Lobbying rules need to be overhauled to create a “firewall” between UK politicians and the influence of fossil fuel companies, Caroline Lucas told the Commons.
The Green Party MP said governments have for years colluded in “frankly criminal” decisions that have led to more fossil fuel extraction despite warnings from scientists about climate change.
The MP for Brighton, Pavilion warned of a “revolving door” between parliamentarians and ministers and fossil fuel companies and said the industry should be banned from donating to MPs and political parties and from paying for their events or gifts.
Speaking during an adjournment debate in the Commons, the former party leader said: “We have to ask ourselves the question: why this Government and other governments before them have presided over and colluded in the frankly criminal decisions that have seen yet more oil, gas and coal continue to be explored and exploited.
“And I believe that the answer to that question can be traced largely back to one consistent factor: the role of the fossil fuel industry in our politics.”
She added: “Of course lobbying happens, but I think there’s a line that gets crossed where money starts to change hands and there are perceptions – never mind what the reality is – there are perceptions certainly of members and groups potentially pursuing interests that are to their own advantage rather than to the public good.”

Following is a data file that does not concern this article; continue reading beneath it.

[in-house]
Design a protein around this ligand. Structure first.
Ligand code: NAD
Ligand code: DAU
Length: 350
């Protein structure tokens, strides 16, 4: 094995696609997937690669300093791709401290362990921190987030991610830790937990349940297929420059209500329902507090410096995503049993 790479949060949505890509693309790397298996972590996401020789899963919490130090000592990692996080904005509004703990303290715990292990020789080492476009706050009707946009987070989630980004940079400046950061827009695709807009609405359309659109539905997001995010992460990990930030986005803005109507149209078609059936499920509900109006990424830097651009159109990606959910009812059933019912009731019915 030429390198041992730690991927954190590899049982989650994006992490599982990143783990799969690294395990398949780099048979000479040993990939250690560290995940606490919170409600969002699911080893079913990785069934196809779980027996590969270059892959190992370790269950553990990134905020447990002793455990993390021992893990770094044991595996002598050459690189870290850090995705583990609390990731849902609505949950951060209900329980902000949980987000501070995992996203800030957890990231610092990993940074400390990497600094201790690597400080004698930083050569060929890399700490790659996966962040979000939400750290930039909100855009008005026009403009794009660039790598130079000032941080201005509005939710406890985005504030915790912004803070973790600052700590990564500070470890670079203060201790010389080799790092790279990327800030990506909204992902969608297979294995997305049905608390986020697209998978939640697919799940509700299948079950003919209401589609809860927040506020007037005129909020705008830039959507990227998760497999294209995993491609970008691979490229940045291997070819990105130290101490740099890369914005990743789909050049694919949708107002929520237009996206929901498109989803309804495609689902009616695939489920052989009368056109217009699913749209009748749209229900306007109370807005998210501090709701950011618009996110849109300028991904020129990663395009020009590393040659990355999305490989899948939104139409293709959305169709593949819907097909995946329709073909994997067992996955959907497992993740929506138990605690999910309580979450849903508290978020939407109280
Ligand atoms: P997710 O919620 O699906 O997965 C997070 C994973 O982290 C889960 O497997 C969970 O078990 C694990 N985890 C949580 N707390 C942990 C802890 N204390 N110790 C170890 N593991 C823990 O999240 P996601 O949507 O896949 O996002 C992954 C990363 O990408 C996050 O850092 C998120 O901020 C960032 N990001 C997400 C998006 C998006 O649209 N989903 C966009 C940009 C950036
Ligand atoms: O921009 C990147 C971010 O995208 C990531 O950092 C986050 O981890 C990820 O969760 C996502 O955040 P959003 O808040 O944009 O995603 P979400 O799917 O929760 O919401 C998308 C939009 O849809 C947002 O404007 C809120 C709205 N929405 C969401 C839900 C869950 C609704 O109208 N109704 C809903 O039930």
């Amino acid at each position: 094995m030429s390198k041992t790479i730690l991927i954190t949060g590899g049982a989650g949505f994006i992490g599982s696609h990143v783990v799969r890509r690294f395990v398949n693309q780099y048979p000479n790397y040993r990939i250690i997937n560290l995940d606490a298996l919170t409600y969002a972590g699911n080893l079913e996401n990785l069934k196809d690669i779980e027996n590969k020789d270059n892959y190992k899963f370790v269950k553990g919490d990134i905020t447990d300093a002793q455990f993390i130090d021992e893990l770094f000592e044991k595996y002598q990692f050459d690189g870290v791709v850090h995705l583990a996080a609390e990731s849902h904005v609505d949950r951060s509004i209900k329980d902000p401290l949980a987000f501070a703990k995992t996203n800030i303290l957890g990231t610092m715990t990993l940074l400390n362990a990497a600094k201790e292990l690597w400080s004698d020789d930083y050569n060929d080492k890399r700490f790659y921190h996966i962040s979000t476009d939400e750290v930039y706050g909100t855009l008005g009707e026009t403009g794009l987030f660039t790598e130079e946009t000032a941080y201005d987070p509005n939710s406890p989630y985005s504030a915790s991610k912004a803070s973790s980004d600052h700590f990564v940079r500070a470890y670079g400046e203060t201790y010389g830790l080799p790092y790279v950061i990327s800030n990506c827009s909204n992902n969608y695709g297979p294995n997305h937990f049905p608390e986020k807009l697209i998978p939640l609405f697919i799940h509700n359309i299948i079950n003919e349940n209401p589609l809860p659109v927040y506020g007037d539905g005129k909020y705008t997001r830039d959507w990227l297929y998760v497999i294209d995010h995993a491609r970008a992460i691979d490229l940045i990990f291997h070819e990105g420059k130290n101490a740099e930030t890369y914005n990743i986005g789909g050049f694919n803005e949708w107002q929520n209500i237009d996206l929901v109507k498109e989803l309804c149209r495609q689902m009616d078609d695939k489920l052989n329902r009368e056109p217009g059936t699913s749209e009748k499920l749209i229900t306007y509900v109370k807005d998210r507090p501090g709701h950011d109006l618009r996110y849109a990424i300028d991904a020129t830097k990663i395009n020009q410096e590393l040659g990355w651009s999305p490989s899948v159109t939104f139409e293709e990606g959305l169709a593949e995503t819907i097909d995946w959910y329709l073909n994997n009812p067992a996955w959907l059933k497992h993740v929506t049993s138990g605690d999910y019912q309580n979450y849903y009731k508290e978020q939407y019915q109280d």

She said over the decades when climate scientists have been warning of the “rapidly shrinking window to avert a climate emergency” that lobbyists “have been denying the science” and then “delayed and weakened and sabotaged climate action”.
She said the money comes with “strings attached”, adding: “I think there can be no conceivable justification for allowing the fossil lobby to directly or indirectly buy favours with politicians.
“So no donating to MPs or to political parties.”
“Certainly no fossil fuel company sponsorship of political party conferences,” she added.
She said the fossil fuel industry’s “dirty fingerprints can be seen all over our politics and it’s time to clean things up”, calling for a “firewall between the industry and decision-making”.
“It is time to close the revolving doors, no side jobs, not cosy secondments, no blind trusts putting things into the name of your spouse or raking in money through shares or second jobs, and of course tougher sanctions for breaches of the rules,” she said.
Among other changes recommended, she said there should be no industry representation on Government panels, research or advisory bodies, no staff exchanges and longer periods of time between people serving in Parliament and joining fossil fuel companies.
She said: “These companies should have no place in our politics, it is undemocratic and it is deeply dangerous for climate action given their priority is putting forward policies that are actively and significantly undermining the UK’s climate commitments.”
Responding for the Government, Cabinet Office minister Alex Burghart said: “The Government’s firm belief is that lobbying activity has an important and legitimate role to play in the policy development process, so long as interactions between lobbyists and political actors are properly declared.
“We support the existing rules which apply to the lobbying industry, to Government and to Parliament, both to individual members and informal groups and APPGs (All-party parliamentary groups), and shall continue to drive forward reforms to improve transparency.
“She may disagree, but in a democratic society, public policy is best informed by engagement and political debate. Elected representatives have to meet a wide range of people, not just people they agree with. This is democratic engagement.
“Such debate should be supported by an independent free press and then at the ballot box we should trust the people.”